“Get better stories, get stories that are positive – get stories that feature things that people really believe bring about change” Seeds co-founder Elena Bennett
The Seeds of Good Anthropocenes project gathers real-world initiatives that benefit environments and enhance human well-being. The project aims firstly to collect hopeful stories that demonstrate change is possible, and secondly to provide new materials for the development of future scenarios for environmental governance. Scenarios are stories about how the future might unfold, often used by governing bodies to take decisions in the present. Using elements from real-life change processes to create scenarios is a way to add grounded, positive action into these future visions.
Seeking out transformative practice:
“Anthropocene means a world that is dominated by people… how do you have that, and have it be good? It’s jarring to people – but that’s what I want” Elena Bennett
Human influence on the planet is now so great that it has led to the declaration of a new geological age – the Anthropocene. The title of the project – Seeds of Good Anthropocenes – proved to be a creative provocation. The team used crowdsourcing to identify inspiring initiatives that they call ‘seeds’, reaching out to other UN networks, peers and members of the public via social media platforms. The project seeks out transformative practice across all domains (not just creative practice).
The cases were then written up and logged in an interactive repository on the Seeds of Good Anthropocenes website, providing a resource for researchers, practitioners and policymakers. The project team also hosted place-based workshops in North America, Europe and southern Africa that gathered seed initiatives and used them to create new scenarios using participatory exercises.
“We need a world where there’s a two-way relationship [between humans and nature] and it’s reciprocal… maybe we can learn from some of what our Indigenous partners have been doing for hundreds and thousands of years – this isn’t a static thing… it’s a relationship” Elena Bennett
The seedbank now contains over 500 stories. Most of them address the relationship between people and nature, in ways that were often surprising to the researchers involved.
“A lot of the seeds that we collected… they would start intending to be a project about ‘natural’ things like gardening or restoring – some way that they were trying to improve the environment. When they got to the end they found that “oh we also changed the social system – we made connections among ourselves and it made all these other things possible, we thought we were just building this garden”….It grounded my feeling that transformation has both social and ecological components to it and really made me see those are really intertwined, more even than I would have said before.” Elena Bennett
Connections to eco-social sustainability:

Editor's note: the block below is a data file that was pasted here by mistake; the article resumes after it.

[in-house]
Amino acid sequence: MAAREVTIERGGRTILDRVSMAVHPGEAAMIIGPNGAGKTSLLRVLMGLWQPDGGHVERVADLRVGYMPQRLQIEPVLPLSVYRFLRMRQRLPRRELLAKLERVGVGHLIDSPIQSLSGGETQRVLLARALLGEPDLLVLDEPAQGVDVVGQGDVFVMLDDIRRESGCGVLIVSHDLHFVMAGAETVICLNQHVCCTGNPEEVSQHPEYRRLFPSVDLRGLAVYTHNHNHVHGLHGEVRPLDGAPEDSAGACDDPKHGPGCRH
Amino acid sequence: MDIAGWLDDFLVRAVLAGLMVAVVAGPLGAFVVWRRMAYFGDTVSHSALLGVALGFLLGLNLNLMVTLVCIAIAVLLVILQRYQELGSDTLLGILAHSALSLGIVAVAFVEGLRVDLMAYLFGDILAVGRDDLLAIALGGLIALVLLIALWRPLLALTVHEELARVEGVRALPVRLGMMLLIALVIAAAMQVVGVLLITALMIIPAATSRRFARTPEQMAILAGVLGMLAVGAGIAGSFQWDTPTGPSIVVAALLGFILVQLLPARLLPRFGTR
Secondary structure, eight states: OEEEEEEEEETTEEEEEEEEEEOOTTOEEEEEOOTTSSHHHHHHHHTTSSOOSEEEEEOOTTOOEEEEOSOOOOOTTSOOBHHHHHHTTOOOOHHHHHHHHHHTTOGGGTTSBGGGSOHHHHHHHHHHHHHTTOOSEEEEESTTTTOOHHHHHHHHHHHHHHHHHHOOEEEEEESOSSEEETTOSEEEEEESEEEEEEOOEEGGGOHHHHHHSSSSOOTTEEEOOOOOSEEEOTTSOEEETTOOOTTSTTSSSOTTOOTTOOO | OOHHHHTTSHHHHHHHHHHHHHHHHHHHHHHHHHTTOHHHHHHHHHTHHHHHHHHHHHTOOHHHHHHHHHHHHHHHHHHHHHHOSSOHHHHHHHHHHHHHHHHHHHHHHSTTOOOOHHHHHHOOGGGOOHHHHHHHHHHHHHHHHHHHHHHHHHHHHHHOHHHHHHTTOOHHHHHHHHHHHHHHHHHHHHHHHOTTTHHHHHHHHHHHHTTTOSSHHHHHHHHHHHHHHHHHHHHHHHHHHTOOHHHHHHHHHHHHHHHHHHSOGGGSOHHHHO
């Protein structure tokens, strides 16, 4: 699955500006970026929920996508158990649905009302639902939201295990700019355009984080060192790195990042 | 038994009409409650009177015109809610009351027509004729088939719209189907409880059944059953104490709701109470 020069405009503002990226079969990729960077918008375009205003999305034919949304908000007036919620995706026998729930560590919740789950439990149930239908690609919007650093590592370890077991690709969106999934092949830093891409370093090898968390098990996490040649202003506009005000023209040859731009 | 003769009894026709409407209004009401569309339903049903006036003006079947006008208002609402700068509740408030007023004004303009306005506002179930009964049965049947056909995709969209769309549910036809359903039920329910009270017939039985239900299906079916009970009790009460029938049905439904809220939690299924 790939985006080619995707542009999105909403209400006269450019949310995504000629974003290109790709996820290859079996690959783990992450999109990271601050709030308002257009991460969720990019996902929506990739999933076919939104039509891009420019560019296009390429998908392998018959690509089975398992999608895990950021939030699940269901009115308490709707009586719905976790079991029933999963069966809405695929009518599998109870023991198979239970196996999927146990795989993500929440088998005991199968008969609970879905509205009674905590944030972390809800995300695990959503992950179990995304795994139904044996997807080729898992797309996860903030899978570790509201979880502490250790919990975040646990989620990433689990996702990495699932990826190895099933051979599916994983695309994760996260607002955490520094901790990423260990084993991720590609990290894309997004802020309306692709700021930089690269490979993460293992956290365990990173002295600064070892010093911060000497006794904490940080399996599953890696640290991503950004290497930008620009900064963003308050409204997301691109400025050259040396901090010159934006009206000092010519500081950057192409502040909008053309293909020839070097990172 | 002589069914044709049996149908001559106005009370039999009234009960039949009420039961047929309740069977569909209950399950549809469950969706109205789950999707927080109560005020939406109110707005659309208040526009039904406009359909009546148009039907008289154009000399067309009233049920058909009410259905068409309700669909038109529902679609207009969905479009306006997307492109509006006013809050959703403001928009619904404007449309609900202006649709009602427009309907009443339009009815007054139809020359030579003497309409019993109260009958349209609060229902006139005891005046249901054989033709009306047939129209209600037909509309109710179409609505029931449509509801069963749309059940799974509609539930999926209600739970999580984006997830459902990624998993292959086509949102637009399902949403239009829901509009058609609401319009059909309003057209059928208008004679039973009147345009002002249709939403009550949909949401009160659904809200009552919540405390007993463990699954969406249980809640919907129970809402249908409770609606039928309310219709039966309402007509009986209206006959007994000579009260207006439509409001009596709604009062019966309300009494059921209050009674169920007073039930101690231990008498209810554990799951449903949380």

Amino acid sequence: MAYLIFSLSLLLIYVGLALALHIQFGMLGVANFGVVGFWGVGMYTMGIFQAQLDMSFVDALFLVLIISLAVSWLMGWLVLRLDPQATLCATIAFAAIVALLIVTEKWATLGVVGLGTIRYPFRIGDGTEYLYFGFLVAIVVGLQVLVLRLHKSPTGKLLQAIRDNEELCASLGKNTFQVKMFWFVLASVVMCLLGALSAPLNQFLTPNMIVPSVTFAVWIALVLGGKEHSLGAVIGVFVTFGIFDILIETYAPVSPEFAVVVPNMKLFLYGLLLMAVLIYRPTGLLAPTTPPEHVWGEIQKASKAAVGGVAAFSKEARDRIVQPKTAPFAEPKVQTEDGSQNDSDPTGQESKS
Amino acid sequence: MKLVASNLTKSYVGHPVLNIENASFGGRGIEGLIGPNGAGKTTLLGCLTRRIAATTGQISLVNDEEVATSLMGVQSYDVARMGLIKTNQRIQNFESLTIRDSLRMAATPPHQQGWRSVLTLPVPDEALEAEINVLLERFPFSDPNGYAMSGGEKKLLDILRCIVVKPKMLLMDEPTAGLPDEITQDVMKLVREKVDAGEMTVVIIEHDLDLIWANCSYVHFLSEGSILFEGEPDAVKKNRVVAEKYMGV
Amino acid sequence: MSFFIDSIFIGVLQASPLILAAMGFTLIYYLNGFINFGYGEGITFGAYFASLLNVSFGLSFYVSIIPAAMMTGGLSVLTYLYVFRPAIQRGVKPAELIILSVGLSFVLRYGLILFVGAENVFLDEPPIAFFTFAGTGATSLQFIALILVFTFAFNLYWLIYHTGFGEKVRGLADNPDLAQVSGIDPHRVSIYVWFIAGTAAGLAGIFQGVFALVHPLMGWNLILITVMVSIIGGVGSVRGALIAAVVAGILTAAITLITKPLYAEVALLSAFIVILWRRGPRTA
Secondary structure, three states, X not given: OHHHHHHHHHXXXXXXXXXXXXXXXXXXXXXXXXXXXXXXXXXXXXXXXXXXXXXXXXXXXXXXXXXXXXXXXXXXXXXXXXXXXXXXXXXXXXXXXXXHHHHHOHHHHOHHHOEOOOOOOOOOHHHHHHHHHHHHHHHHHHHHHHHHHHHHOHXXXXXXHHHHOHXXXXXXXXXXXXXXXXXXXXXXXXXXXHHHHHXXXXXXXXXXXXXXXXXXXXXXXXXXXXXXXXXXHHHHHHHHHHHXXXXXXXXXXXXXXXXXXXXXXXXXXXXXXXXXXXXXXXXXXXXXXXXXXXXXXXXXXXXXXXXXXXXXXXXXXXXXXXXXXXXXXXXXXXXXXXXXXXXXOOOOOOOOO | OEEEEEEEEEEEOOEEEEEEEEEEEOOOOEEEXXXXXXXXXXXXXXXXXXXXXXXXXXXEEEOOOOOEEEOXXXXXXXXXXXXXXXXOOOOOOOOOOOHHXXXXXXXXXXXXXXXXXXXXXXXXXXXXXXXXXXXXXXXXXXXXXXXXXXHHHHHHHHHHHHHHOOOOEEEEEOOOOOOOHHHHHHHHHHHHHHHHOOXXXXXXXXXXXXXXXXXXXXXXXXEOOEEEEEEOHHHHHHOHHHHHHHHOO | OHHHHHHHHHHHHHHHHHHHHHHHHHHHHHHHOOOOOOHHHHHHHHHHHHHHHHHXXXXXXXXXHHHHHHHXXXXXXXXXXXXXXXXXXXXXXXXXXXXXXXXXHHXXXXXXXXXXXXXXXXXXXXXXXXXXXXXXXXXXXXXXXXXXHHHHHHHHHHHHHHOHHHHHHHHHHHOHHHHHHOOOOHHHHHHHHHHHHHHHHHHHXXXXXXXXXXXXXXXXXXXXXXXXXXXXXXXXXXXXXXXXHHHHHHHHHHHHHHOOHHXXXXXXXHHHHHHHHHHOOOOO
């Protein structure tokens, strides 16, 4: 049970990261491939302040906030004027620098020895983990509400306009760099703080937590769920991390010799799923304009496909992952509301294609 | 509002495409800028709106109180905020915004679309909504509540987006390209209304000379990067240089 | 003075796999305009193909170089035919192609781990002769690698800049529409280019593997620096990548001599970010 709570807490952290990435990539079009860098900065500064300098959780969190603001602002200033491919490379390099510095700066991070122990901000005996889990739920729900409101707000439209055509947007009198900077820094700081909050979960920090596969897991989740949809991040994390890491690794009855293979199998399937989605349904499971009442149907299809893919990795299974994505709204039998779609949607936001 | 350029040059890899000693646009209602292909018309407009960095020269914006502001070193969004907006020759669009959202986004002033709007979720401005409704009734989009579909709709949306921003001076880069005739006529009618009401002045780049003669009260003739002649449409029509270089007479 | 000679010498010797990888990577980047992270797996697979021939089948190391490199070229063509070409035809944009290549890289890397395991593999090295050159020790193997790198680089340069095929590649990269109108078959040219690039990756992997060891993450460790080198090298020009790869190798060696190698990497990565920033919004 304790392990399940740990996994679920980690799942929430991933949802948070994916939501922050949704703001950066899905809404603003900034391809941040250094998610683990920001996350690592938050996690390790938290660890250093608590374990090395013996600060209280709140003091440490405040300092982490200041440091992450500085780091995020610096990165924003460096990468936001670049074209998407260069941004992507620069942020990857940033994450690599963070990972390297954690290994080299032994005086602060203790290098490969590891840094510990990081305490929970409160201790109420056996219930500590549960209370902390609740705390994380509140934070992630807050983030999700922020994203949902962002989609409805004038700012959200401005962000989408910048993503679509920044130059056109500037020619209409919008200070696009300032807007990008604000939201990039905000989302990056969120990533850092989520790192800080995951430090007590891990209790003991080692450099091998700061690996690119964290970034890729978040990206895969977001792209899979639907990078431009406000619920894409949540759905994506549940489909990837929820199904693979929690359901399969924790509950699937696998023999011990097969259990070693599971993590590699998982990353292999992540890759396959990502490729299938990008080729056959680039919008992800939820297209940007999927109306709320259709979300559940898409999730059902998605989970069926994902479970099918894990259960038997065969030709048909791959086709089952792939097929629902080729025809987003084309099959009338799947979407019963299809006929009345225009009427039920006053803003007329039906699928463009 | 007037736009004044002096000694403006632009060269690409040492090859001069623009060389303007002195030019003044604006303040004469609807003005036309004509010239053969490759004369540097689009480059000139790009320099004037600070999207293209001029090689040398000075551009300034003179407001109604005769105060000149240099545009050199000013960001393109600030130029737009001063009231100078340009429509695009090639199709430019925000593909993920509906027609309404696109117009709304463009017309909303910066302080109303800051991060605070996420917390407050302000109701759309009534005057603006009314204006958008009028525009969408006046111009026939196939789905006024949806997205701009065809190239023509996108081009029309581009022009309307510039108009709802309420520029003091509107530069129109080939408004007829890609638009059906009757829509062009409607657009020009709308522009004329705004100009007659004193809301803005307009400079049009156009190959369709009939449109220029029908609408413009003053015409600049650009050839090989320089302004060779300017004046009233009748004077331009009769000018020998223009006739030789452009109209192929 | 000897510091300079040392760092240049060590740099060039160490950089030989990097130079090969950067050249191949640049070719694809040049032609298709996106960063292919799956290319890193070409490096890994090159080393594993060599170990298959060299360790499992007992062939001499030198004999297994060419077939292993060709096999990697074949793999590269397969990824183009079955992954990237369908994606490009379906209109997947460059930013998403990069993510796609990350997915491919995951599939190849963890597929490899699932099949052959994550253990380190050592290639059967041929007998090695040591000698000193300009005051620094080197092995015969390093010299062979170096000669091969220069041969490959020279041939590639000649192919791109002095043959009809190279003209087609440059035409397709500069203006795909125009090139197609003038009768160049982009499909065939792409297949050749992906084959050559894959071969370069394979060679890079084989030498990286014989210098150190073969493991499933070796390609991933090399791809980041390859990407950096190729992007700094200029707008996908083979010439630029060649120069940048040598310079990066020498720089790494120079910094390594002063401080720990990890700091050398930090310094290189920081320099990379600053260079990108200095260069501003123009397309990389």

Six distinctive types of seeds have been identified so far, including: social-ecological approaches to food growing, enhancing wellbeing in urban environments, fostering novel approaches to learning and education, processes for equitable decision-making and social movements for just futures (Bennett et al. 2016). But beyond the content of the seeds themselves, Bennett notes how important socio-economic conditions were in even allowing seeds to come into being. Situations where people worked fewer hours in employment meant that they had more time to give to their communities.
“If you’re trying to bring about a different world, what are the drivers, what are the variables that matter? I think that it at least for me it unearthed some different things that I hadn’t seen in scenario building before. The ones that seem to show up a lot are how people conceive of work and time…we’d see people working in ways that they had more time to give to their communities and that just seemed to change everything.” Elena Bennett
On learning and evaluation:
The team made use of smaller pots of funding to develop the project in a range of directions, learning and reflecting iteratively (rather than using formal processes). The case seed collection has contributed to diverse outputs including talks, events, theses, reports and articles. Indeed, the crowdsourcing and participatory scenarios methods have become known more widely as the ‘seeds approach’.
Watch the Repositories event on the CreaTures YouTube channel, featuring Garry Peterson talking about the Seedbank as a repository of transformative cases.
The project team includes Elena Bennett, Garry Peterson, Reinette Biggs, Laura Pereira, Joost Vervoort, Rika Preiser, Timon McPhearson, Albert Norström, Stephen Carpenter, Ciara Raudsepp-Hearne, Per Olsson, Tanja Hichert, Martin Solan, Victor Galaz, Kimberley Nicholas, Frank Biermann, Myanna Lahsen, Gaia Vince, Erle Ellis, Manjana Milkoreit, Jianchu Xu, Berta Martin López.
This project is made possible through funding from the Future Earth FTI program, PECS, ecoSERVICES, and SIDA.
“The Seeds project involves working with people who are doing creative things in the present – transformative activities from all kinds of places around the world to imagine pathways towards a better future. It is just an incredibly inspiring thing to work on” – Joost Vervoort